I see them run into a ditch surrounded by thick wild rose shrubs. I also see a guy at the Forest Service building and as I run toward the ditch I holler at him to help me corner them in the ditch. He jumps through barbed wire and gets on one side of them and I barrel through the rose bushes, in my super-appropriate-for-ranch-life flip flops. He gets them to walk toward me and I slowly get closer and they freeze staring at me. Here’s my best chance. Then I realize: WHAT THE HELL DO I HAVE TO GET THEM? I have no rope. I have nothing. But, I also have no choice. I must try. I leap forward and attempt to grab one by the hind legs and fall face first into the rose bushes. They, of course, gracefully leap away, unscathed, heading the way they came- through acres and acres of pasture that I JUST RAN ACROSS. The forest service guy yells, “GOOD LUCK!”. I nod as I’m running, agreeing with him. I’m gonna need it.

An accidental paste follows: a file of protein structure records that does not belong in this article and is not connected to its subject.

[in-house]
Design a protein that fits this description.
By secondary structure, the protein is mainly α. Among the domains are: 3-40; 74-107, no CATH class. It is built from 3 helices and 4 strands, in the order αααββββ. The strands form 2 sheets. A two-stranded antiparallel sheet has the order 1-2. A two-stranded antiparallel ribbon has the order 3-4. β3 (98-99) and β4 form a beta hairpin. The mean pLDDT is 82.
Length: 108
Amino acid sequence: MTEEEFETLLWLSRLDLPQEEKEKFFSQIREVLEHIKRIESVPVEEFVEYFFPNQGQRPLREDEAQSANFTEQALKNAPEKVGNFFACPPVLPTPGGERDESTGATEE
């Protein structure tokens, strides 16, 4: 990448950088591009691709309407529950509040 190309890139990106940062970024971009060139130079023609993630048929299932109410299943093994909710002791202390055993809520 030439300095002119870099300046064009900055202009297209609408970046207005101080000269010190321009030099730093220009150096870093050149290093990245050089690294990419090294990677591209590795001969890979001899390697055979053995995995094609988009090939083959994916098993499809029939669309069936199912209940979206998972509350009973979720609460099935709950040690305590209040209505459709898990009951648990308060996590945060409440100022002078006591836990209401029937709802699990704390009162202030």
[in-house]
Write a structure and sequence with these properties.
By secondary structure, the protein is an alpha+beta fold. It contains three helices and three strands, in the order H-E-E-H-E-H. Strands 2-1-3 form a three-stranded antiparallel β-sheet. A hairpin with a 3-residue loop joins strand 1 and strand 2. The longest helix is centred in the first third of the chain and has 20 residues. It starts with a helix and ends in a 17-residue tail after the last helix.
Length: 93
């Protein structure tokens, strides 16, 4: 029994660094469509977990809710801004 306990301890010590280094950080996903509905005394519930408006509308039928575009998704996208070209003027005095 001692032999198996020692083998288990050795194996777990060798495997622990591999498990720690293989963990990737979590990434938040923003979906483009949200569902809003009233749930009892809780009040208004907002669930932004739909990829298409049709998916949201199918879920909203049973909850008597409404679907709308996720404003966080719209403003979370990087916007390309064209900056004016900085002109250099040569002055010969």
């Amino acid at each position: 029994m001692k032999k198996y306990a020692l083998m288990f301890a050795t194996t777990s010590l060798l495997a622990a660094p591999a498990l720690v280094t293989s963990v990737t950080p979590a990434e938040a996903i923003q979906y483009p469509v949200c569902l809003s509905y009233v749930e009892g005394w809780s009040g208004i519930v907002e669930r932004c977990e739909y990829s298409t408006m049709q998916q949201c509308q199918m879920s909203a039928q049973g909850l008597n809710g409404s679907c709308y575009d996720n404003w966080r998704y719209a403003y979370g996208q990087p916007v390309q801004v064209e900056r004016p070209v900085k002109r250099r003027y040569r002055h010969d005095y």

I meet up with my husband and we watch the goats run into a yard behind some stacked hay bales. I whisper to him to go one way around the hay bales and I’ll go the other, as if to ambush them. As if I’m channeling General MacArthur or something.

Yeah, so, that didn’t work.

The sisters took one look at us and ran like hell. But this time one went BACK into the pasture and the other decided to go ONTO THE HIGHWAY. I chased the goat that went into the highway, traffic was stopped and the goat trotted along, screaming for her sister. Of course everyone in town was out watering their lawns, getting a front row seat to the escaped goat spectacle. Awesome. Way to make an impression.